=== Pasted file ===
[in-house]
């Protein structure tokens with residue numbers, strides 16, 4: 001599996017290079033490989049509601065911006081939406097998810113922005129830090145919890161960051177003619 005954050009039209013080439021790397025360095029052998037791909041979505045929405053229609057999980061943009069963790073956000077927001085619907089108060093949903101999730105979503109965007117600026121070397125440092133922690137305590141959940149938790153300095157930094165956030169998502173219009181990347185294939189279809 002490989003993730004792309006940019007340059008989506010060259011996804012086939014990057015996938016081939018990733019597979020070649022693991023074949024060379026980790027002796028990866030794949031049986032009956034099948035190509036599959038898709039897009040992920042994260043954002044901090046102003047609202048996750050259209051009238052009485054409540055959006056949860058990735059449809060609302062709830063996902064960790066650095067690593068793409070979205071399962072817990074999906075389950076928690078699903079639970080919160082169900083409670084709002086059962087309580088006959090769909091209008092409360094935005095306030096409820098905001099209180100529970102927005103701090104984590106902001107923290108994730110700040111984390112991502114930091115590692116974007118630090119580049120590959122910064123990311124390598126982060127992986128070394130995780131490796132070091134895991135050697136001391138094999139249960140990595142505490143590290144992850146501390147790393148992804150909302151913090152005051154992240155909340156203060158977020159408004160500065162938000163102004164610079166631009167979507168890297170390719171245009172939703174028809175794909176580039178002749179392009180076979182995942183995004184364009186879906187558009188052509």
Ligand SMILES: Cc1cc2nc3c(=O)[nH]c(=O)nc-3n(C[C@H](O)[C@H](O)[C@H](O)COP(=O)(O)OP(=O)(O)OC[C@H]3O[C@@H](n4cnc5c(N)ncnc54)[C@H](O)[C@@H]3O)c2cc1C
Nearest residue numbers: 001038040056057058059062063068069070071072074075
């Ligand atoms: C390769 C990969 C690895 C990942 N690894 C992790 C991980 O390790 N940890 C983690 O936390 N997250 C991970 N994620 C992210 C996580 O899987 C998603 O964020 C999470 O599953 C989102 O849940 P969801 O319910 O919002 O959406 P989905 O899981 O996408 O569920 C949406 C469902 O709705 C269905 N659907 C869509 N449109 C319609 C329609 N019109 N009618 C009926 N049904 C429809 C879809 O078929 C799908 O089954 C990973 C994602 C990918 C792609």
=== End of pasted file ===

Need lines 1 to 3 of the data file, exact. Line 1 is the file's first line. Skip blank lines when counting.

[in-house]
């Protein structure tokens with residue numbers, strides 16, 4: 001599996017290079033490989049509601065911006081939406097998810113922005129830090145919890161960051177003619 005954050009039209013080439021790397025360095029052998037791909041979505045929405053229609057999980061943009069963790073956000077927001085619907089108060093949903101999730105979503109965007117600026121070397125440092133922690137305590141959940149938790153300095157930094165956030169998502173219009181990347185294939189279809 002490989003993730004792309006940019007340059008989506010060259011996804012086939014990057015996938016081939018990733019597979020070649022693991023074949024060379026980790027002796028990866030794949031049986032009956034099948035190509036599959038898709039897009040992920042994260043954002044901090046102003047609202048996750050259209051009238052009485054409540055959006056949860058990735059449809060609302062709830063996902064960790066650095067690593068793409070979205071399962072817990074999906075389950076928690078699903079639970080919160082169900083409670084709002086059962087309580088006959090769909091209008092409360094935005095306030096409820098905001099209180100529970102927005103701090104984590106902001107923290108994730110700040111984390112991502114930091115590692116974007118630090119580049120590959122910064123990311124390598126982060127992986128070394130995780131490796132070091134895991135050697136001391138094999139249960140990595142505490143590290144992850146501390147790393148992804150909302151913090152005051154992240155909340156203060158977020159408004160500065162938000163102004164610079166631009167979507168890297170390719171245009172939703174028809175794909176580039178002749179392009180076979182995942183995004184364009186879906187558009188052509």
Ligand SMILES: Cc1cc2nc3c(=O)[nH]c(=O)nc-3n(C[C@H](O)[C@H](O)[C@H](O)COP(=O)(O)OP(=O)(O)OC[C@H]3O[C@@H](n4cnc5c(N)ncnc54)[C@H](O)[C@@H]3O)c2cc1C